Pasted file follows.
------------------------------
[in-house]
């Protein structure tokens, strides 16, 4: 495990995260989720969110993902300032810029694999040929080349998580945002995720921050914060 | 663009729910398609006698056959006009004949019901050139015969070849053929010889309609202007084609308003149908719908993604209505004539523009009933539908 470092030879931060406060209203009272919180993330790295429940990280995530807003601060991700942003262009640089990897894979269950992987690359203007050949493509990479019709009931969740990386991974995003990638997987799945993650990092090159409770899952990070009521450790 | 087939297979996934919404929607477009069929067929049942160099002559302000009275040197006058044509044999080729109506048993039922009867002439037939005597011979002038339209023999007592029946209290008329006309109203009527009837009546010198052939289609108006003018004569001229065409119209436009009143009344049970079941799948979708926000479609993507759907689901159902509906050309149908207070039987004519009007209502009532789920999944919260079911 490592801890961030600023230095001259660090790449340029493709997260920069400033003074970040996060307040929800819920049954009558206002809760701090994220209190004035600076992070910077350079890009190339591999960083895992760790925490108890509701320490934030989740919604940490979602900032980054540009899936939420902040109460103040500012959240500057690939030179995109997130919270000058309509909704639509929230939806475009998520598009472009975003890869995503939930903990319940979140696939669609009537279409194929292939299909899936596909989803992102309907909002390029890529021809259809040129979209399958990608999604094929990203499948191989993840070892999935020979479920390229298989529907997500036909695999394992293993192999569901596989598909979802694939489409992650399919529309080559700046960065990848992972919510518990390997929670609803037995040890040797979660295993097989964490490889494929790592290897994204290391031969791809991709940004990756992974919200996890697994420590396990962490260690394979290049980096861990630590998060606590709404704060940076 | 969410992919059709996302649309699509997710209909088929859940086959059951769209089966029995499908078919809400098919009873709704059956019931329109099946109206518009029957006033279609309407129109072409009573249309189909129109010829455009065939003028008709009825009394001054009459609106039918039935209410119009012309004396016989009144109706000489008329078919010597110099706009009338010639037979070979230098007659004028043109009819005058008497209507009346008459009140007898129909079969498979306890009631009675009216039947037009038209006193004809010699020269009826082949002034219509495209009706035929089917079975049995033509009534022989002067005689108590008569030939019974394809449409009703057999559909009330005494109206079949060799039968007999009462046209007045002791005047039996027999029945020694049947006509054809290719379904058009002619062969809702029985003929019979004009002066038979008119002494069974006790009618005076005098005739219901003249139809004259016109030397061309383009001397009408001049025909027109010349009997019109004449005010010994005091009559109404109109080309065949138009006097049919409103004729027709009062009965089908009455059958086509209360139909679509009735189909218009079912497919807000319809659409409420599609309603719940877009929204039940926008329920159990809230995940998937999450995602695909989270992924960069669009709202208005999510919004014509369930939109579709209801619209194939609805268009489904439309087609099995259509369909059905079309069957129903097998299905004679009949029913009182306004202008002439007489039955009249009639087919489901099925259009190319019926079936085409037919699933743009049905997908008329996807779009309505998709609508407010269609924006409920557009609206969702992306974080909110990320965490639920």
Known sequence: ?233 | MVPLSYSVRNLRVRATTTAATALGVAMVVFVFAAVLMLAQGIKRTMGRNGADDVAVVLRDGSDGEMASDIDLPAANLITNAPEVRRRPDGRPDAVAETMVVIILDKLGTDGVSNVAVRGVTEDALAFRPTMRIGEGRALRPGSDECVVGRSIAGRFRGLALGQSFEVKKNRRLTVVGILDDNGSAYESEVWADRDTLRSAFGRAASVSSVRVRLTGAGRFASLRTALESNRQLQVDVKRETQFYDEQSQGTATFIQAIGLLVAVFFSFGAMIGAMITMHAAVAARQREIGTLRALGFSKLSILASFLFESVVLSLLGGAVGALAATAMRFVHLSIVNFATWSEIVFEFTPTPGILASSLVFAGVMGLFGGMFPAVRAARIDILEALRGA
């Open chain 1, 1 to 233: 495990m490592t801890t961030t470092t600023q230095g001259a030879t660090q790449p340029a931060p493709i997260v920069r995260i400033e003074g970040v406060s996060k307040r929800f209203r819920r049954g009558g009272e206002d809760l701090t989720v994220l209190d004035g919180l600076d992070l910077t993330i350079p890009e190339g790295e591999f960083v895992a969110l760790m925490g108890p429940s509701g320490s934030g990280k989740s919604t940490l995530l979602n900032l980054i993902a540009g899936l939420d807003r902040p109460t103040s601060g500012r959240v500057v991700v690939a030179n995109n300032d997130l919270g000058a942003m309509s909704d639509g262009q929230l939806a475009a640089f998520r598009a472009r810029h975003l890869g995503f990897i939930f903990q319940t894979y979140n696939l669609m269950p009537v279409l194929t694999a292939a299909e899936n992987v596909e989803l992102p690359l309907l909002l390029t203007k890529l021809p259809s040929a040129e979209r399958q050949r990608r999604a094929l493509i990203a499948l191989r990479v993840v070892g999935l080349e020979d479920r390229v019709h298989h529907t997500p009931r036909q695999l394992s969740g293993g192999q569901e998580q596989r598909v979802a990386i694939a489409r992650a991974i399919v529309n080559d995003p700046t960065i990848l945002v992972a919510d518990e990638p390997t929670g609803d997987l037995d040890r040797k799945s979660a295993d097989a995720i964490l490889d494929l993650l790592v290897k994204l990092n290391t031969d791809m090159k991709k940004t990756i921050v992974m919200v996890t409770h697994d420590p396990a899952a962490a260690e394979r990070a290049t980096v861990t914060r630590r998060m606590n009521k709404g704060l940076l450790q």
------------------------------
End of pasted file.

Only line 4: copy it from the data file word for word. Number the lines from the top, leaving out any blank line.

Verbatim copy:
């Open chain 1, 1 to 233: 495990m490592t801890t961030t470092t600023q230095g001259a030879t660090q790449p340029a931060p493709i997260v920069r995260i400033e003074g970040v406060s996060k307040r929800f209203r819920r049954g009558g009272e206002d809760l701090t989720v994220l209190d004035g919180l600076d992070l910077t993330i350079p890009e190339g790295e591999f960083v895992a969110l760790m925490g108890p429940s509701g320490s934030g990280k989740s919604t940490l995530l979602n900032l980054i993902a540009g899936l939420d807003r902040p109460t103040s601060g500012r959240v500057v991700v690939a030179n995109n300032d997130l919270g000058a942003m309509s909704d639509g262009q929230l939806a475009a640089f998520r598009a472009r810029h975003l890869g995503f990897i939930f903990q319940t894979y979140n696939l669609m269950p009537v279409l194929t694999a292939a299909e899936n992987v596909e989803l992102p690359l309907l909002l390029t203007k890529l021809p259809s040929a040129e979209r399958q050949r990608r999604a094929l493509i990203a499948l191989r990479v993840v070892g999935l080349e020979d479920r390229v019709h298989h529907t997500p009931r036909q695999l394992s969740g293993g192999q569901e998580q596989r598909v979802a990386i694939a489409r992650a991974i399919v529309n080559d995003p700046t960065i990848l945002v992972a919510d518990e990638p390997t929670g609803d997987l037995d040890r040797k799945s979660a295993d097989a995720i964490l490889d494929l993650l790592v290897k994204l990092n290391t031969d791809m090159k991709k940004t990756i921050v992974m919200v996890t409770h697994d420590p396990a899952a962490a260690e394979r990070a290049t980096v861990t914060r630590r998060m606590n009521k709404g704060l940076l450790q």